5. Cressie NAC (1991) Statistics for spatial data. Wiley, New York, p 900Google Scholar
  6. Gataulin V, Mangerud J, Svendsen JI (2001) The extent of the late Weichselian ice sheet in the southeastern Barents Sea. Glob Planet Change 31:453–474Google Scholar
  7. Ginsburg GD, Soloviev VA (1994) Submarine gas hydrates. VNIIOkeangeologia (in Russian). St. Petersburg, p 199Google Scholar
  8. Grigoriev MN (1993) Cryomorphogenesis of the Lena River mouth area (in Russian). Permafrost Institute Press SB RAS, Yakutsk, p 176Google Scholar
  9. Hinz K, Delisle G, Block M (1998) Seismic evidence for the depth extent of permafrost in shelf sediments of the Laptev Sea, Russian Arctic? In: Lewkowicz AG, Allard M (eds) Proceedings of the 7th international conference on permafrost, June 23–27 1998, Yellowknife, pp 453–458Google Scholar
  10. Hubberten H-W, Romanovskii NN (2001) Terrestrial and offshore permafrost evolution of the Laptev Sea region during last Pleistocene-Holocene glacial-eustatic cycle. In: Paepe R, Melnikov V (eds) Permafrost response on economic development, environmental security and natural resources. Proceedings of the NATO-ARW, Novosibirsk. Kluwer, Dordrecht, pp 43–60Google Scholar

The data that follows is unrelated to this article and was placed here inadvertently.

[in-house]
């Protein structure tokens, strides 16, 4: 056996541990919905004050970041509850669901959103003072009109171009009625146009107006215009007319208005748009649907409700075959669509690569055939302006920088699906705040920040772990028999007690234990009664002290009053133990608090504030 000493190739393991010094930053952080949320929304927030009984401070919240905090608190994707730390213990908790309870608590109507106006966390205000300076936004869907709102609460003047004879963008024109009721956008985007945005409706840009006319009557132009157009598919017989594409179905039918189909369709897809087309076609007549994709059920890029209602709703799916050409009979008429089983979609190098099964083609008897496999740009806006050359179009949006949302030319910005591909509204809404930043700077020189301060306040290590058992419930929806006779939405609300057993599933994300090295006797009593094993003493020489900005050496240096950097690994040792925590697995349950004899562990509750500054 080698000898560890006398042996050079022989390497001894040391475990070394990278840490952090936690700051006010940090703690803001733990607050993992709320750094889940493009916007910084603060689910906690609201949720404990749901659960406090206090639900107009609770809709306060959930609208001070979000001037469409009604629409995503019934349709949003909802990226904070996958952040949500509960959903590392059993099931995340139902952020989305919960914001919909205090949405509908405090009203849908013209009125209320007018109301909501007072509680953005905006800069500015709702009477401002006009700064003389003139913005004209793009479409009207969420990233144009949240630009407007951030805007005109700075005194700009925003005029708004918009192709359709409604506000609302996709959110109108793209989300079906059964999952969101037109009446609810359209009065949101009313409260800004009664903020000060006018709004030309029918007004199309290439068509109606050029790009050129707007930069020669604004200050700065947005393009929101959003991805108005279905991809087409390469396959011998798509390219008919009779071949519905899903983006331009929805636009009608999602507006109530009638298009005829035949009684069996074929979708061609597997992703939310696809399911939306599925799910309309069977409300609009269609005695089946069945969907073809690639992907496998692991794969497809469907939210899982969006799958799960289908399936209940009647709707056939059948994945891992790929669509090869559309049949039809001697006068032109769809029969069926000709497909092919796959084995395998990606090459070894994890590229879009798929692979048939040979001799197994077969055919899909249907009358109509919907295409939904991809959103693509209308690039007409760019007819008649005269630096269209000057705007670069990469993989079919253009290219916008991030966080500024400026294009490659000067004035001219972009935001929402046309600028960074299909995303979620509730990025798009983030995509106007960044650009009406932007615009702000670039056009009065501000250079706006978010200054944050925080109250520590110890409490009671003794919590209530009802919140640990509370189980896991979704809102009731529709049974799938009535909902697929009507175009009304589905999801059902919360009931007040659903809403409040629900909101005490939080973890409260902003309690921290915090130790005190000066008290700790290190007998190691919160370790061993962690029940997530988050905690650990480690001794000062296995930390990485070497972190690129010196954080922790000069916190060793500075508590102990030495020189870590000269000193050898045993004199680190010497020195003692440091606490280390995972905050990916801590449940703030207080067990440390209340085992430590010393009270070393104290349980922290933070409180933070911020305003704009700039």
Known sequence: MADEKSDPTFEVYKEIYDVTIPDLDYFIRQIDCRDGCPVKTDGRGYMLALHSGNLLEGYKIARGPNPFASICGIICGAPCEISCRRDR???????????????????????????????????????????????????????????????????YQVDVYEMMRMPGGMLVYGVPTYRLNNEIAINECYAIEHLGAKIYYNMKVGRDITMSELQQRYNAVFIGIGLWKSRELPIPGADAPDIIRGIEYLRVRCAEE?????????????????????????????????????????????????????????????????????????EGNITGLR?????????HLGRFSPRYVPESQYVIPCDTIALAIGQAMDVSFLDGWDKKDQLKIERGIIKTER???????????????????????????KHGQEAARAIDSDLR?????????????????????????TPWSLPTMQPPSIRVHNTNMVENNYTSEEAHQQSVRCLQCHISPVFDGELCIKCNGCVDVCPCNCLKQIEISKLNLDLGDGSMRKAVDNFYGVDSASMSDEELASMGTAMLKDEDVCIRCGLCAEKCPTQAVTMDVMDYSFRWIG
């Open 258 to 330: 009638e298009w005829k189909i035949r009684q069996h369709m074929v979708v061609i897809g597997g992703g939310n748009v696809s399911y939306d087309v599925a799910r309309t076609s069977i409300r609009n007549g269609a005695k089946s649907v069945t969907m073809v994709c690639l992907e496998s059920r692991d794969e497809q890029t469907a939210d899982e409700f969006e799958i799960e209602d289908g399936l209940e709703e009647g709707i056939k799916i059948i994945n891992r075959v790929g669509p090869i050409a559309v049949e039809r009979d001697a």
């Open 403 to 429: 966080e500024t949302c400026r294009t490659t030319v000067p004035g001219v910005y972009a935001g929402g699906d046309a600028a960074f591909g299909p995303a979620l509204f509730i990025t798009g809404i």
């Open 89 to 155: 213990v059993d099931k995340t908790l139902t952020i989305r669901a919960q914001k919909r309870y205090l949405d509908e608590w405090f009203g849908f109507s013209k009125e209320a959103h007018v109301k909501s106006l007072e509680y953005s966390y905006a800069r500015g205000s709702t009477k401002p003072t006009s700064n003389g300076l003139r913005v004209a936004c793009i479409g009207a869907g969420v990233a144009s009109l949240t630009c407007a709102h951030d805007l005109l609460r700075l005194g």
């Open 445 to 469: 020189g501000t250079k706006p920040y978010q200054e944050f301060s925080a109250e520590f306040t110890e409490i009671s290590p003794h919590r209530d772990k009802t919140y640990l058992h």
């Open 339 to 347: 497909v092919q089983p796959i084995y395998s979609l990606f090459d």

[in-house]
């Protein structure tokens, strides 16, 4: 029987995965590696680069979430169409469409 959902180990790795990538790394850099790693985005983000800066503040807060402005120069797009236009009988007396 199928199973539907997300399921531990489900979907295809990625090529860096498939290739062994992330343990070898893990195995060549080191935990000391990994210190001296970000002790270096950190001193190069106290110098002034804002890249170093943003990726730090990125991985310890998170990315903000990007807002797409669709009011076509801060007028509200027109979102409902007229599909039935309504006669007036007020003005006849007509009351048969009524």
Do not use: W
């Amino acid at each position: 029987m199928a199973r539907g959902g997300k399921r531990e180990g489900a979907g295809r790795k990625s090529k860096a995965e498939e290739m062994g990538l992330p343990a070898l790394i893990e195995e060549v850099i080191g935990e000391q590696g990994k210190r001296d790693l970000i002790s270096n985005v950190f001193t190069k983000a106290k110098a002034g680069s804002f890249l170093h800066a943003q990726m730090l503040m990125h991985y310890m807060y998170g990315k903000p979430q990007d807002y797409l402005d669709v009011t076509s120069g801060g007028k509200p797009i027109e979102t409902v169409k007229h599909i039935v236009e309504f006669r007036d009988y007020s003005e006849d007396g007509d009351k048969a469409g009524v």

11. Hubberten H-W, Romanovskii NN (2003) The main features of permafrost in the Laptev Sea region, Russia—a review. In: Proceeding of the 8th international conference on permafrost, Zurich, pp 431–436Google Scholar
  12. Journel AG, Huijbregts C (1978) Mining geostatistics. Academic, p 600Google Scholar
  13. Kassens H, Bauch H, Drachev S, Gierlichs A, Niessen F, Taldenkova E, Roudoy A, Thiede J, Wessels M (2000) Transdrift VIII expedition to the Laptev Sea: the shelf drilling campaign of “Laptev Sea System 2000”. In: Sixth workshop on Russian–German cooperation: Laptev Sea system. Terra Nostra 2000, vol 8, pp 39–40Google Scholar
  14. Leibman MO, Vasiliev AA, Rogov VV, Ingolfsson O (2000) Study of massive ground ice of Yugorsky peninsula with crystallographic methods (in Russian). Earth Cryosphere 4(2):31–40Google Scholar